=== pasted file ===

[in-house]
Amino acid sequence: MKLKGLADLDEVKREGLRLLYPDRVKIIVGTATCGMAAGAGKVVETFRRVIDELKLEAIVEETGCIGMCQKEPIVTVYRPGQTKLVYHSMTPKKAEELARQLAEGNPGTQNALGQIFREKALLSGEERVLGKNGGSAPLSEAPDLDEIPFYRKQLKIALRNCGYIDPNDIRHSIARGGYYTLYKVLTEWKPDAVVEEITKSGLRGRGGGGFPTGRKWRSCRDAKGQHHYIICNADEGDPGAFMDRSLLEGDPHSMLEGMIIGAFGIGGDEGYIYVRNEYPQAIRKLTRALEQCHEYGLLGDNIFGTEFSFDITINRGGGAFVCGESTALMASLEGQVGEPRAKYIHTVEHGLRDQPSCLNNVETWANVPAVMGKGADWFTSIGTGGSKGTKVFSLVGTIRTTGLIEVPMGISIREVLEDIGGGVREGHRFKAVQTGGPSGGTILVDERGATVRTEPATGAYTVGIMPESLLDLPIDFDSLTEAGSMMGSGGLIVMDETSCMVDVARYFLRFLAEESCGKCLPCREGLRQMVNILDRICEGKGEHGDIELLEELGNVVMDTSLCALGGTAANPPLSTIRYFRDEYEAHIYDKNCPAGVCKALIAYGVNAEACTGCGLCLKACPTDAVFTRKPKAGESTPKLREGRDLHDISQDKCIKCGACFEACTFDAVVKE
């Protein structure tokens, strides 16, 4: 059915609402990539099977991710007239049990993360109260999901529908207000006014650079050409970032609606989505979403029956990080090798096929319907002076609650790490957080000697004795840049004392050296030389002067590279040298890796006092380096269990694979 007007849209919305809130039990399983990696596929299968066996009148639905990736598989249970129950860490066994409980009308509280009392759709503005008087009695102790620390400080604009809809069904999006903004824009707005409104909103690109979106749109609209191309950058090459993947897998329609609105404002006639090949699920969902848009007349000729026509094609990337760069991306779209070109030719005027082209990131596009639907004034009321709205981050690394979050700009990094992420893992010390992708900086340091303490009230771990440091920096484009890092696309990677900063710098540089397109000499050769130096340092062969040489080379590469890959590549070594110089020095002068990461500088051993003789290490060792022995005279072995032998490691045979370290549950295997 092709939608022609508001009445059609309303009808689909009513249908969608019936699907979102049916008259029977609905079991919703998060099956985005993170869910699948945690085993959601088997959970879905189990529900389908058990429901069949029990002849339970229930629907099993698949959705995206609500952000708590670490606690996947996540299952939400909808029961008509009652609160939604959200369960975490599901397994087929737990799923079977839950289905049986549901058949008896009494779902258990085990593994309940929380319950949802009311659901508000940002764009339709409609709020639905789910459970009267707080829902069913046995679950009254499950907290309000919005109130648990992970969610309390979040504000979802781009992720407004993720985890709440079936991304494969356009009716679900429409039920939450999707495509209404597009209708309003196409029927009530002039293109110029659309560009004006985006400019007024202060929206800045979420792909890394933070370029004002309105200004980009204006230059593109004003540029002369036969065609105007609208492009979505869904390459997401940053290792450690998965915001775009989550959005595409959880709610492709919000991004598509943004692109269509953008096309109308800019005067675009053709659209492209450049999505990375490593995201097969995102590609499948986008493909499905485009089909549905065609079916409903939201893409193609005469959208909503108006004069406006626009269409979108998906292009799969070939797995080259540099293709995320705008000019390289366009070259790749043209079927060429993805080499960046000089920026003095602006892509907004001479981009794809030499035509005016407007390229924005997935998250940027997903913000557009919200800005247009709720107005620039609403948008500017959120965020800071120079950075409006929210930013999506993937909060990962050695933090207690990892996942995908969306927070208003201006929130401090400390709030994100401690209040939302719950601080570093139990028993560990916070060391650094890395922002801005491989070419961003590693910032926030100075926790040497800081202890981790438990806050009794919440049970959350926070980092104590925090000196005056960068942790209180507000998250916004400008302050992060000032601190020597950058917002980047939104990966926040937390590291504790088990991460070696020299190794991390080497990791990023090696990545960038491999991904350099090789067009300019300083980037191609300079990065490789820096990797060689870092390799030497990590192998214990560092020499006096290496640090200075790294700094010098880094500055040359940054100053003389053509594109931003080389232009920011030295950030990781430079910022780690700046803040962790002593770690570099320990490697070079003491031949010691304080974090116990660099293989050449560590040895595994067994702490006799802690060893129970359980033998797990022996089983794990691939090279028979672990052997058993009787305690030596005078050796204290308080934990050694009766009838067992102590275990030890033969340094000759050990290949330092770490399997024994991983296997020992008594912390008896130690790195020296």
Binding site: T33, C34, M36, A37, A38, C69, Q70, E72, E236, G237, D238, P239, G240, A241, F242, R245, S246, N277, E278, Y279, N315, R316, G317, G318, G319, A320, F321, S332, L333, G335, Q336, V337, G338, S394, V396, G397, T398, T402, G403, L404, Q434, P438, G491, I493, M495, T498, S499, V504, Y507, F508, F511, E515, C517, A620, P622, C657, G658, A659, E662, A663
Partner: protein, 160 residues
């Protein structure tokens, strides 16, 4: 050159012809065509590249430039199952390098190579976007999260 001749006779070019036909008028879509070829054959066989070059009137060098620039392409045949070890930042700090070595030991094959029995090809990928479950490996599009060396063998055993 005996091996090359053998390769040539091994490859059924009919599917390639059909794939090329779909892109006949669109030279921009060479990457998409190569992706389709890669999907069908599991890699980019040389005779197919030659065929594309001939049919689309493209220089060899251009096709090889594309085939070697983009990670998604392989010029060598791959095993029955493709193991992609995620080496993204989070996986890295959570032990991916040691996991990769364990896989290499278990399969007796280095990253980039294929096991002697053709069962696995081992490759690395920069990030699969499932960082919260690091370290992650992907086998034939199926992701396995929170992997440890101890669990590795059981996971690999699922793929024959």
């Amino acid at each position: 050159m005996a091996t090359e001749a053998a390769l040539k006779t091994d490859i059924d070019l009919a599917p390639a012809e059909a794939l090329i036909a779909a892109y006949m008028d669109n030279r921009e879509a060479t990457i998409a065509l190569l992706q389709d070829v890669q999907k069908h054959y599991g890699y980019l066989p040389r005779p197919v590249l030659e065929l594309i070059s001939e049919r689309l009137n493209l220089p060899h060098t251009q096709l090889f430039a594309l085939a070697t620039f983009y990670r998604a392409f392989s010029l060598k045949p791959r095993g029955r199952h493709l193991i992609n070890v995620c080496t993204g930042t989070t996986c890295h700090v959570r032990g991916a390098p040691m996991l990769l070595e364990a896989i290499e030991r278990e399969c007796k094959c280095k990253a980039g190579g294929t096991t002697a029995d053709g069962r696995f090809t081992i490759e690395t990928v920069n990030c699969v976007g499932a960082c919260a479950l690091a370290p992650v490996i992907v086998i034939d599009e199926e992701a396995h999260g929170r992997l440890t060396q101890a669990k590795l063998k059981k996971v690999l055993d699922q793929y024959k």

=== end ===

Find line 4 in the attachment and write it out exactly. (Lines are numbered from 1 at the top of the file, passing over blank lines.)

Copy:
Binding site: T33, C34, M36, A37, A38, C69, Q70, E72, E236, G237, D238, P239, G240, A241, F242, R245, S246, N277, E278, Y279, N315, R316, G317, G318, G319, A320, F321, S332, L333, G335, Q336, V337, G338, S394, V396, G397, T398, T402, G403, L404, Q434, P438, G491, I493, M495, T498, S499, V504, Y507, F508, F511, E515, C517, A620, P622, C657, G658, A659, E662, A663